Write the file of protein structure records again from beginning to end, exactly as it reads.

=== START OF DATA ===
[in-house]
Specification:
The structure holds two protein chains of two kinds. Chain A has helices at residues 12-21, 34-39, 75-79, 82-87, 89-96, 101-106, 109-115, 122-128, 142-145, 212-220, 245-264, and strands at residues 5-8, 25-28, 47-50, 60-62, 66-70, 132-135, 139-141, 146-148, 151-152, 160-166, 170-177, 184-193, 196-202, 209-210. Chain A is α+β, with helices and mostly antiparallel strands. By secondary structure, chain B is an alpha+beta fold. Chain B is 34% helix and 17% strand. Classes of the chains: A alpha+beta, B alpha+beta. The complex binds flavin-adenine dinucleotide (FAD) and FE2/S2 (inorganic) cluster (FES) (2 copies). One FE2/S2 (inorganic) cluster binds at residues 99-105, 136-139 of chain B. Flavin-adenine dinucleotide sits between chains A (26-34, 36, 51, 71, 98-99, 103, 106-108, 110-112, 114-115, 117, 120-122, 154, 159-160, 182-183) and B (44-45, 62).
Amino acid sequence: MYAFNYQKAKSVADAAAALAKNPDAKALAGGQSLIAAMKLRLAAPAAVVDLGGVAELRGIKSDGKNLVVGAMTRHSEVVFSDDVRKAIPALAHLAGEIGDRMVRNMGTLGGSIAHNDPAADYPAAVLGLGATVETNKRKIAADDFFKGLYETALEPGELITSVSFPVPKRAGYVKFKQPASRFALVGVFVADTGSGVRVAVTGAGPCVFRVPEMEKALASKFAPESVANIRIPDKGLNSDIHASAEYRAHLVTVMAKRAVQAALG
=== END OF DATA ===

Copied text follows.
[in-house]
Specification:
The structure holds two protein chains of two kinds. Chain A has helices at residues 12-21, 34-39, 75-79, 82-87, 89-96, 101-106, 109-115, 122-128, 142-145, 212-220, 245-264, and strands at residues 5-8, 25-28, 47-50, 60-62, 66-70, 132-135, 139-141, 146-148, 151-152, 160-166, 170-177, 184-193, 196-202, 209-210. Chain A is α+β, with helices and mostly antiparallel strands. By secondary structure, chain B is an alpha+beta fold. Chain B is 34% helix and 17% strand. Classes of the chains: A alpha+beta, B alpha+beta. The complex binds flavin-adenine dinucleotide (FAD) and FE2/S2 (inorganic) cluster (FES) (2 copies). One FE2/S2 (inorganic) cluster binds at residues 99-105, 136-139 of chain B. Flavin-adenine dinucleotide sits between chains A (26-34, 36, 51, 71, 98-99, 103, 106-108, 110-112, 114-115, 117, 120-122, 154, 159-160, 182-183) and B (44-45, 62).
Amino acid sequence: MYAFNYQKAKSVADAAAALAKNPDAKALAGGQSLIAAMKLRLAAPAAVVDLGGVAELRGIKSDGKNLVVGAMTRHSEVVFSDDVRKAIPALAHLAGEIGDRMVRNMGTLGGSIAHNDPAADYPAAVLGLGATVETNKRKIAADDFFKGLYETALEPGELITSVSFPVPKRAGYVKFKQPASRFALVGVFVADTGSGVRVAVTGAGPCVFRVPEMEKALASKFAPESVANIRIPDKGLNSDIHASAEYRAHLVTVMAKRAVQAALG